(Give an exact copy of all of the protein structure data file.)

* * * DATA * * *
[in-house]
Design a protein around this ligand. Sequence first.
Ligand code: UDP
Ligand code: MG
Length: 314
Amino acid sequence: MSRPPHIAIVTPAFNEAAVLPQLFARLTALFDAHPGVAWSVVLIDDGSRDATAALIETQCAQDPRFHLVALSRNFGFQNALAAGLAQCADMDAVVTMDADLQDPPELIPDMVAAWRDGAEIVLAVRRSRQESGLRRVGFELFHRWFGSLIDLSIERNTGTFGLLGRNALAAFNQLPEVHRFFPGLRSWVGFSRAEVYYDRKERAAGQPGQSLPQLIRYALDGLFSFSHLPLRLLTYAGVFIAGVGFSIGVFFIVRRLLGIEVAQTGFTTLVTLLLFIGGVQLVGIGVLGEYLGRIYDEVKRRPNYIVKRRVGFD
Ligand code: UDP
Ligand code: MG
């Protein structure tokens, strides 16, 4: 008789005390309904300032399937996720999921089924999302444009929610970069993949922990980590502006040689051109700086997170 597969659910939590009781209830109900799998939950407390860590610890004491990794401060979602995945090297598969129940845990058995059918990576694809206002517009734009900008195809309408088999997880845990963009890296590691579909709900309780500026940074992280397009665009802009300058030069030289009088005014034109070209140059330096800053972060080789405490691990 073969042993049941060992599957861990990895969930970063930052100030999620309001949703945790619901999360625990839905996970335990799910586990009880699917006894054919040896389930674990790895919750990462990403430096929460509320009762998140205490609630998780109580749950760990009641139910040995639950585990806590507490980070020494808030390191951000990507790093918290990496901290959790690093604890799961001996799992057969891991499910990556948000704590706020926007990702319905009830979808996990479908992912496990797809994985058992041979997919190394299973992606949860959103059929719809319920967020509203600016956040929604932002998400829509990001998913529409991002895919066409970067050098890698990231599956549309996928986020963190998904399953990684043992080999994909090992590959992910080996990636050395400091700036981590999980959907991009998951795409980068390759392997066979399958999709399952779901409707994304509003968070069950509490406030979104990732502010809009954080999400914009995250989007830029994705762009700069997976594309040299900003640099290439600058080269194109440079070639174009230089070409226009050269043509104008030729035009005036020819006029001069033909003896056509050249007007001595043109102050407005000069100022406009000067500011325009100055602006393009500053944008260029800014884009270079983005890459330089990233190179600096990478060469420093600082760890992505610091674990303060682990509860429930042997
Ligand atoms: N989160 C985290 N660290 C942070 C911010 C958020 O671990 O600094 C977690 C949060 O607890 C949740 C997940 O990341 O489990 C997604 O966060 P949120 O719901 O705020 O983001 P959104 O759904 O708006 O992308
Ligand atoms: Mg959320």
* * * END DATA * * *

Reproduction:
[in-house]
Design a protein around this ligand. Sequence first.
Ligand code: UDP
Ligand code: MG
Length: 314
Amino acid sequence: MSRPPHIAIVTPAFNEAAVLPQLFARLTALFDAHPGVAWSVVLIDDGSRDATAALIETQCAQDPRFHLVALSRNFGFQNALAAGLAQCADMDAVVTMDADLQDPPELIPDMVAAWRDGAEIVLAVRRSRQESGLRRVGFELFHRWFGSLIDLSIERNTGTFGLLGRNALAAFNQLPEVHRFFPGLRSWVGFSRAEVYYDRKERAAGQPGQSLPQLIRYALDGLFSFSHLPLRLLTYAGVFIAGVGFSIGVFFIVRRLLGIEVAQTGFTTLVTLLLFIGGVQLVGIGVLGEYLGRIYDEVKRRPNYIVKRRVGFD
Ligand code: UDP
Ligand code: MG
């Protein structure tokens, strides 16, 4: 008789005390309904300032399937996720999921089924999302444009929610970069993949922990980590502006040689051109700086997170 597969659910939590009781209830109900799998939950407390860590610890004491990794401060979602995945090297598969129940845990058995059918990576694809206002517009734009900008195809309408088999997880845990963009890296590691579909709900309780500026940074992280397009665009802009300058030069030289009088005014034109070209140059330096800053972060080789405490691990 073969042993049941060992599957861990990895969930970063930052100030999620309001949703945790619901999360625990839905996970335990799910586990009880699917006894054919040896389930674990790895919750990462990403430096929460509320009762998140205490609630998780109580749950760990009641139910040995639950585990806590507490980070020494808030390191951000990507790093918290990496901290959790690093604890799961001996799992057969891991499910990556948000704590706020926007990702319905009830979808996990479908992912496990797809994985058992041979997919190394299973992606949860959103059929719809319920967020509203600016956040929604932002998400829509990001998913529409991002895919066409970067050098890698990231599956549309996928986020963190998904399953990684043992080999994909090992590959992910080996990636050395400091700036981590999980959907991009998951795409980068390759392997066979399958999709399952779901409707994304509003968070069950509490406030979104990732502010809009954080999400914009995250989007830029994705762009700069997976594309040299900003640099290439600058080269194109440079070639174009230089070409226009050269043509104008030729035009005036020819006029001069033909003896056509050249007007001595043109102050407005000069100022406009000067500011325009100055602006393009500053944008260029800014884009270079983005890459330089990233190179600096990478060469420093600082760890992505610091674990303060682990509860429930042997
Ligand atoms: N989160 C985290 N660290 C942070 C911010 C958020 O671990 O600094 C977690 C949060 O607890 C949740 C997940 O990341 O489990 C997604 O966060 P949120 O719901 O705020 O983001 P959104 O759904 O708006 O992308
Ligand atoms: Mg959320």